Domtar closing four mills, laying off 950 workers Eastern Canada's forestry industry already hit hard

CNS Lynn Moore and Philip Authier MONTREAL-- Domtar Inc. yesterday delivered the third body blow to Eastern Canada's forestry industry this month, announcing the indefinite closure of four sawmills and about 950 job cuts, mostly in Quebec.

Three of the soon-to-be-idled sawmills are in the Abitibi region, which is already reeling from job losses in the forestry sector, while the fourth is in Nairn Centre, Ont.

Domtar, which this spring warned that Canada had lost its competitive edge in the forestry industry, blamed rising production costs and eroding demand for the shutdowns. The dramatic drop in U.S. residential housing starts has walloped all Canadian lumber producers.

"Substantially higher procurement and processing costs for sawlogs have impacted the competitive position of our sawmills in recent years... (and) the slowdown in demand has exerted considerable downward pressure on selling prices of wood products in recent months," Domtar executive vice-president Richard Garneau said in a statement.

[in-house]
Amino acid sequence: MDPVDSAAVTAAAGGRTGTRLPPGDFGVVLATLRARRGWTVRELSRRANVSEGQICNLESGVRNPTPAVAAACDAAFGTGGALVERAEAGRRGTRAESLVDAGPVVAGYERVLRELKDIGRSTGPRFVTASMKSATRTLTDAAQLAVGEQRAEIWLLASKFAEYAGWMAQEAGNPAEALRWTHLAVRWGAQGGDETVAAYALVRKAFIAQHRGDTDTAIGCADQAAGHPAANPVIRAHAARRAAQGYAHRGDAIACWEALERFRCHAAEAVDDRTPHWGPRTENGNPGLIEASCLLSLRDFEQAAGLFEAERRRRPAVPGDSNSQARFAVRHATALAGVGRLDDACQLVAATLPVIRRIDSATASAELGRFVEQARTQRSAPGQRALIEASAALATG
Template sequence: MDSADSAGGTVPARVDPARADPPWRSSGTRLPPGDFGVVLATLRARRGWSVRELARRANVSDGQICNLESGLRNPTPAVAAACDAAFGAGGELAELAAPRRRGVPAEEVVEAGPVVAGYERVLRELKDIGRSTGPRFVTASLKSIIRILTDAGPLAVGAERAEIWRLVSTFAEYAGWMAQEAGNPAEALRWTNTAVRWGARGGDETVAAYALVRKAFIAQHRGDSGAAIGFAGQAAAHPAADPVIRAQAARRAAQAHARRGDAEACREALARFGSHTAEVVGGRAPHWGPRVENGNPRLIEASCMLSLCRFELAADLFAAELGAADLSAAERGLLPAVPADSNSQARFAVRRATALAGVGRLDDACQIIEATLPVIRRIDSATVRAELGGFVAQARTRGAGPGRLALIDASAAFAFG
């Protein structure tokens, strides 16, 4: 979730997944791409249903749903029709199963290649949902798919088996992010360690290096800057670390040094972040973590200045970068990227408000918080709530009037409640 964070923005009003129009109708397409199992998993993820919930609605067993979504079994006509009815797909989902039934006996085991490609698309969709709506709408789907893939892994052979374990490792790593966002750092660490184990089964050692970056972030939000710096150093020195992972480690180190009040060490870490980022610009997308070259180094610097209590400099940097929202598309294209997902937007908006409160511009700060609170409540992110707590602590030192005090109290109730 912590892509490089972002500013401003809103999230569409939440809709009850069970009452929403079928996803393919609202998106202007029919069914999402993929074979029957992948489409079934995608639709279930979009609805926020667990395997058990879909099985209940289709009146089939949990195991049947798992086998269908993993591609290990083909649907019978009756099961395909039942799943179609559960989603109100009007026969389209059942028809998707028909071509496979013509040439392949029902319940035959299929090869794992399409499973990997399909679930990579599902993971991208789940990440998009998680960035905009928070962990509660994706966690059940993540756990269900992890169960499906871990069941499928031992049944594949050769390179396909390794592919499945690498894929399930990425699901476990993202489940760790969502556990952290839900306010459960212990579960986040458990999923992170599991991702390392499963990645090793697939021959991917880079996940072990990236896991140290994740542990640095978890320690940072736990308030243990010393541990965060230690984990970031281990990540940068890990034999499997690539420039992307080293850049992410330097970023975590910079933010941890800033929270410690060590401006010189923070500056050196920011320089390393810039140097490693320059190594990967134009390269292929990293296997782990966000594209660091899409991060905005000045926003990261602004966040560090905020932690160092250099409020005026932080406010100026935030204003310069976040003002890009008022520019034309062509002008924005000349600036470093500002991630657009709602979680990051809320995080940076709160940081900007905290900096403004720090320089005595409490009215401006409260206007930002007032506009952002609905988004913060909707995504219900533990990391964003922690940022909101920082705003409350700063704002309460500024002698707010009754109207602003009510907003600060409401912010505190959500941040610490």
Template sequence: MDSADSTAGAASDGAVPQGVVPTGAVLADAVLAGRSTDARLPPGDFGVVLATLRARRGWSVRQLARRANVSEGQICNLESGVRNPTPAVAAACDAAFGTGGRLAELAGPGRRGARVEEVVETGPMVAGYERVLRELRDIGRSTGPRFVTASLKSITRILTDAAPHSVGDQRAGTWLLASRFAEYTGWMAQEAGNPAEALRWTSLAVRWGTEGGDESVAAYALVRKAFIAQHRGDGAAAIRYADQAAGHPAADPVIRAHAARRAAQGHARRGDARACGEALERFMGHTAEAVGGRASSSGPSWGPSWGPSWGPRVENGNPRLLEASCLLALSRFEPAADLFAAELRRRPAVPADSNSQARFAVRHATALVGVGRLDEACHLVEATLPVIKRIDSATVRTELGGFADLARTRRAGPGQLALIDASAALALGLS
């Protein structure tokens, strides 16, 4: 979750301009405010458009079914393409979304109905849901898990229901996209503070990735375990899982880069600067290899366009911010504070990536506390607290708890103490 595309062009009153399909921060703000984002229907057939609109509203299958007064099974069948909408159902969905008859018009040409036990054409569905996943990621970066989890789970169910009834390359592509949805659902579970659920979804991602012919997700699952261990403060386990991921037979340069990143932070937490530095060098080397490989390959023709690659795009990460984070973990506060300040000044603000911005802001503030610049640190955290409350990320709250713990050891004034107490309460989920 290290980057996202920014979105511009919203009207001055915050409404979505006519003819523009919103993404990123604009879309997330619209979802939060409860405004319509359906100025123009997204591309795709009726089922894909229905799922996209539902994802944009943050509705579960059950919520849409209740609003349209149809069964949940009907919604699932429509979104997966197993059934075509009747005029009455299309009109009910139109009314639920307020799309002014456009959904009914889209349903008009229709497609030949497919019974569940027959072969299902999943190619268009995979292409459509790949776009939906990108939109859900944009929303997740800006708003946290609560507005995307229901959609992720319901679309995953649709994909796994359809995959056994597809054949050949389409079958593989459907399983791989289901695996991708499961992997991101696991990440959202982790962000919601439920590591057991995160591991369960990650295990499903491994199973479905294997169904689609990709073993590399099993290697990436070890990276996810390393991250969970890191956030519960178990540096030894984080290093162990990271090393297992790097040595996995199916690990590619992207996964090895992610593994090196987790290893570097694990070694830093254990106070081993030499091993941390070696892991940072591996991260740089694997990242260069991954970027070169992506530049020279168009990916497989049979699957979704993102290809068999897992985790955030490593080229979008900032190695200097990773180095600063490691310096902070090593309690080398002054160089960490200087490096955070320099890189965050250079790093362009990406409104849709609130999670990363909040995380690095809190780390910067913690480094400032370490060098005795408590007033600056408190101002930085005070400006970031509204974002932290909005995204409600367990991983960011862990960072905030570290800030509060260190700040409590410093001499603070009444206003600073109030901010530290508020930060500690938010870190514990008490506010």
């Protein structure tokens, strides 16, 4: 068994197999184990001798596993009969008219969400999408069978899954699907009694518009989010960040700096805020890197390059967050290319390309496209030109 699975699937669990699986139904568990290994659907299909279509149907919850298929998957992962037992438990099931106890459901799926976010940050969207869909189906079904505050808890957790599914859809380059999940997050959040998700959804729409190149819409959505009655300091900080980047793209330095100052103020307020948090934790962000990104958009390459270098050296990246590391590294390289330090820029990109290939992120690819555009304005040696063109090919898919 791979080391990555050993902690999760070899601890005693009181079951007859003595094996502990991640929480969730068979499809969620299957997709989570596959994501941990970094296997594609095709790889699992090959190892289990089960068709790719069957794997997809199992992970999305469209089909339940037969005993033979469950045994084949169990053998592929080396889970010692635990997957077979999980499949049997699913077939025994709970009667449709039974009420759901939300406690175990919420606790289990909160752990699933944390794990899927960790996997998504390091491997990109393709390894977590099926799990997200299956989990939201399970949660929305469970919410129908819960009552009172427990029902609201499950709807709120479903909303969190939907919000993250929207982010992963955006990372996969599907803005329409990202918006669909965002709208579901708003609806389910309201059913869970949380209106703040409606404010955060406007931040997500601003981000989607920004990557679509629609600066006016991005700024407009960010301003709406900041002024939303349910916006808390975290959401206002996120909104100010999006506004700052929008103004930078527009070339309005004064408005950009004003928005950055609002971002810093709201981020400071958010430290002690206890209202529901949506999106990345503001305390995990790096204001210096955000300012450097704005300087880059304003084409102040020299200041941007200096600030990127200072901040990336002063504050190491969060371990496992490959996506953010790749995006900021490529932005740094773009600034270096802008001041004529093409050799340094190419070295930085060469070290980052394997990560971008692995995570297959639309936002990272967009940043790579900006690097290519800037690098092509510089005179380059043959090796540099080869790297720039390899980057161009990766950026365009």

The Quebec government expects the crisis rocking the forestry industry to last another 18 to 24 months and lead to further sawmill closures and job losses, Economic Development Minister Raymond Bachand said yesterday.

The government has been wrestling with a rescue plan for the industry for months and now is prepared to pour still more money into efforts to help the workers, towns and mills caught in the crossfire of a collapsed U.S. housing market and dropping Canadian dollar, he said.

"We know there is a crisis in the forestry industry," Bachand said. "We have seen the temporary closings of plants come one after another. Yet it's clear the forestry industry will remain an economic motor and will come out of this period in 18 to 24 months stronger than it is today.

"The crisis will not be settled in the next few weeks. It's clear we have a period of uncertainty before us." In Quebec City, Guy Chevrette, president of the Quebec Forestry Industry Council and former Parti Quebecois minister, said the industry is going through "the worst structural crisis of its history." Chevrette chided the Charest government for not anticipating the gravity of the crisis and said the government's previous response, offering the industry loans to restructure, did not meet the industry's needs.

The mill shutdowns will cut Domtar's production capacity by about 400 million board feet of lumber or about 36 per cent of total annual lumber capacity, Domtar spokesman Christian Tardif said.

October has been brutal for Quebec forestry workers. Temporary sawmill shutdowns, and the corresponding loss of jobs in woodlands operations, have translated into almost 2,000 people being thrown out of work.

-- CanWest News Service